- Retired Army Colonel to Challenge Stefanik
- Top Races to Watch in 2016: The Southwest
- Top Races to Watch in 2016: Mid-Atlantic States
- Top Congressional Races in 2016: The West
- Murphy to Announce He'll Seek Rematch With Blum (Updated)
Washington may be a city with a lot of turnover, but there’s one thing that remains constant: its love of music. From Washington native John Philip Sousa leading the U.S. Marine Band in the late 1800s to the booming jazz scene in the first half of the 20th century to Lady Gaga performing in town earlier this fall, D.C. always has something musical going on.
And D.C. residents don’t have to sit in the audience. Several groups offer a performance outlet for musically talented residents.
Fridays and Beyond
One of the oldest such groups is the Friday Morning Music Club, formed in 1886 by 15 women who had no opportunity to perform publicly. They would meet in each other’s Georgetown homes to study and perform classical music. Within a few years, the FMMC was too large to meet in individual homes and was forced to expand to public performances. The group remained exclusively women until the 1970s, but it would occasionally bring in male musicians as guests.
“In the old days you could never find a bassoonist who was female,” FMMC Rules and Revisions Director Gail MacColl said. Today, “it’s just irrelevant whether you’re a man or woman in this group.”
MacColl said the group has nearly 700 members committed to the original mission of studying and performing classical music. FMMC members form several musical ensembles, including a full orchestra, called Avanti, chamber groups and a chorus. MacColl said a group of FMMC pianists still hold events in each other’s homes, just as the original members did. There is also a recently formed composer group within the FMMC.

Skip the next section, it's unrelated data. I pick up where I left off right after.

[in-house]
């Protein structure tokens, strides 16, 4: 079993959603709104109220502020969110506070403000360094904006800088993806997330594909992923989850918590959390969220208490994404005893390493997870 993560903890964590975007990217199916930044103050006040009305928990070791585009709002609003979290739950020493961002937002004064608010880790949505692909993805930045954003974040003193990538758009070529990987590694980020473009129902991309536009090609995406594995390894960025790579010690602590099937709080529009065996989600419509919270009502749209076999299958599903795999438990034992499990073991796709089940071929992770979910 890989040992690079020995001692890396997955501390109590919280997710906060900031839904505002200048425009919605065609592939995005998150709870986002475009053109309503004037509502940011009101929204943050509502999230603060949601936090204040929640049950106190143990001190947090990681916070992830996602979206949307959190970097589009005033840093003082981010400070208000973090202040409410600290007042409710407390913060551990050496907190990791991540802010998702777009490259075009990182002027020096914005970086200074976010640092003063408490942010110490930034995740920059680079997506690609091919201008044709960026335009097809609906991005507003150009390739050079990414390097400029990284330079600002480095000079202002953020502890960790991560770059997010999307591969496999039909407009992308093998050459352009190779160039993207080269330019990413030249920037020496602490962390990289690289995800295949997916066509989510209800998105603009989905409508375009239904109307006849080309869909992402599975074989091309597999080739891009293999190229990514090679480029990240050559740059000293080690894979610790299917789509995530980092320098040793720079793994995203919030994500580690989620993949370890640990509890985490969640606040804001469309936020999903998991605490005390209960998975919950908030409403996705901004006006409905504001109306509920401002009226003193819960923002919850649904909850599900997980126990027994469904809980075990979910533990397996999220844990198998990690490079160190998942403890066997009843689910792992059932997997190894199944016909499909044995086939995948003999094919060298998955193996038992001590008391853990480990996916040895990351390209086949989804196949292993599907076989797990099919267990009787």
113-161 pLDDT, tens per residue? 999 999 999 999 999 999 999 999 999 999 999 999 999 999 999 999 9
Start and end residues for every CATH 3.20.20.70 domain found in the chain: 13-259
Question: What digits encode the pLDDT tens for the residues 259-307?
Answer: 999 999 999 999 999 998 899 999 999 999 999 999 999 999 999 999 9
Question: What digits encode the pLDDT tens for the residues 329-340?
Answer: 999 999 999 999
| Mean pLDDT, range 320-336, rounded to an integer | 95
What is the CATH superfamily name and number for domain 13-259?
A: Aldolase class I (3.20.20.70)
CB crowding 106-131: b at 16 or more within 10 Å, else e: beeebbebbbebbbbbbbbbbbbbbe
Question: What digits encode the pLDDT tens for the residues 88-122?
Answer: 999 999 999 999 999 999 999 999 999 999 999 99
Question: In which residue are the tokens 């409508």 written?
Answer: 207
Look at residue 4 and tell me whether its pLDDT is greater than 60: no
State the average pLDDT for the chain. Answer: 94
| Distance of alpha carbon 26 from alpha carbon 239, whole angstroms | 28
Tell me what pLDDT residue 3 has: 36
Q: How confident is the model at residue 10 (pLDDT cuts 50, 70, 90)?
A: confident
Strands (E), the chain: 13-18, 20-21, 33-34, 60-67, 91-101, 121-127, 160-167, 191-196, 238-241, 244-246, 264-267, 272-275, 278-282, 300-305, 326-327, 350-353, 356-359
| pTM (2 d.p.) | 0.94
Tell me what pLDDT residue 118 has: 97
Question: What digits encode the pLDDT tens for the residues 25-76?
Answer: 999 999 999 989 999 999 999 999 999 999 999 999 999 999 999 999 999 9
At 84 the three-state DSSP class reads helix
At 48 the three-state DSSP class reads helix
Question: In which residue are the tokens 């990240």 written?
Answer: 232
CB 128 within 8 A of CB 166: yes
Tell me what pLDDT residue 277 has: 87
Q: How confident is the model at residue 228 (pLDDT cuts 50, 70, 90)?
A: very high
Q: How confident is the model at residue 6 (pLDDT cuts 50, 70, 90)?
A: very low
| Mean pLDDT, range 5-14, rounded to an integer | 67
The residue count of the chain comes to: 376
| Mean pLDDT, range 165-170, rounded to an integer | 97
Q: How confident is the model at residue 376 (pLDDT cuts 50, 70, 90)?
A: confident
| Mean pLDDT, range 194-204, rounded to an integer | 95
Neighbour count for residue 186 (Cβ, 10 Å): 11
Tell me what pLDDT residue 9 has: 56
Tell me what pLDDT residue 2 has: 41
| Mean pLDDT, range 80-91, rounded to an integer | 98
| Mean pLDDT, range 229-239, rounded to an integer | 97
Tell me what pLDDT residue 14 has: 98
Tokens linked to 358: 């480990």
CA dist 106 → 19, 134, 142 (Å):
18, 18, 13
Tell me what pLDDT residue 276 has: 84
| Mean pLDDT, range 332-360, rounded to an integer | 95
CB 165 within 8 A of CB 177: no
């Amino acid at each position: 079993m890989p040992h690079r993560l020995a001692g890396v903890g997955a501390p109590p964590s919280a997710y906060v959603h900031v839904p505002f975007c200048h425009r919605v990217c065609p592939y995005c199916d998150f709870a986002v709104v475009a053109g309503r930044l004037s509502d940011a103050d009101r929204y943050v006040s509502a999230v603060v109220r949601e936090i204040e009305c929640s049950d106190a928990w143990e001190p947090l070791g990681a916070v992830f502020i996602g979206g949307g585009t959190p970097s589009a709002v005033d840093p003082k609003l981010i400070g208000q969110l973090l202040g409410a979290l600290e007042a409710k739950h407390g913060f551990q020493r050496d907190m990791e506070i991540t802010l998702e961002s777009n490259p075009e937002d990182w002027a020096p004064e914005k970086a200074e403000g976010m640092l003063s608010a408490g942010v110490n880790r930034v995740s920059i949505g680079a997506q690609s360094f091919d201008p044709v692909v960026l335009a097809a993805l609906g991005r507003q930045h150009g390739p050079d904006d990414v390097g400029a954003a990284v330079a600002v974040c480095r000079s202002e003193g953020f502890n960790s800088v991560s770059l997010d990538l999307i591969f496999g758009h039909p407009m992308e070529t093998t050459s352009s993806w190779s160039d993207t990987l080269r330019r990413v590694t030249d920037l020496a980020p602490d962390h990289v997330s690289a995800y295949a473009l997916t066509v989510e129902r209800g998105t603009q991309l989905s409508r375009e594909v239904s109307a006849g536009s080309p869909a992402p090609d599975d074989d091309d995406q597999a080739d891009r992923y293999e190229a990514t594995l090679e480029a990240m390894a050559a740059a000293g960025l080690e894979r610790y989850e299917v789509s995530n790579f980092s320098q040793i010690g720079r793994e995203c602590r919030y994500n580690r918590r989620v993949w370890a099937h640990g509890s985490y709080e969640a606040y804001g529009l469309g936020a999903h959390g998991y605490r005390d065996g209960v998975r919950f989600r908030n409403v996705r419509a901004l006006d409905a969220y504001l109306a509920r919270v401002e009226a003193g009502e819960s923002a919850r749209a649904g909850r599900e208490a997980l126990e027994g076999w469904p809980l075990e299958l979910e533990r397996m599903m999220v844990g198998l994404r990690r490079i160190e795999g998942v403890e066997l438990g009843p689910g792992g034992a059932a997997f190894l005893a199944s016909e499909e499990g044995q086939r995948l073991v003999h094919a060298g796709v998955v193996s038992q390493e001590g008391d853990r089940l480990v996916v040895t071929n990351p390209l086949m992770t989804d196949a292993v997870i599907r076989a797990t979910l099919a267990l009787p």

All performances by FMMC’s various ensembles are free. MacColl said the group offers performances in a variety of locations, most frequently at the Charles Sumner School Museum and Archives (1201 17th St. NW), where small concerts are held most Fridays. Small chamber ensembles also perform at local nursing homes for senior citizens.
MacColl said the FMMC’s largest event is its annual orchestra show at the Kennedy Center.
New members can audition to be in any of the ensembles or participate as non-musician members. The group is all volunteer and primarily supported by dues, which vary by member but don’t exceed $85.
Singing on the Hill
Vocalists who are looking to join a singing group can find plenty of choices in D.C., but only one got its start right on Capitol Hill. The Congressional Chorus was founded in 1987 by a group of Hill staffers who would rehearse during their lunch break once a week. Administrative Director Debby McConnell said the group started out performing at events such as private Christmas parties but quickly experienced a membership boom.
“It grew to 40 or 50 members in the ’90s and early 2000s and started to incorporate non-Hill members,” McConnell said.
The chorus sings exclusively American music and tries to stick with newer pieces, occasionally commissioning composers for original music.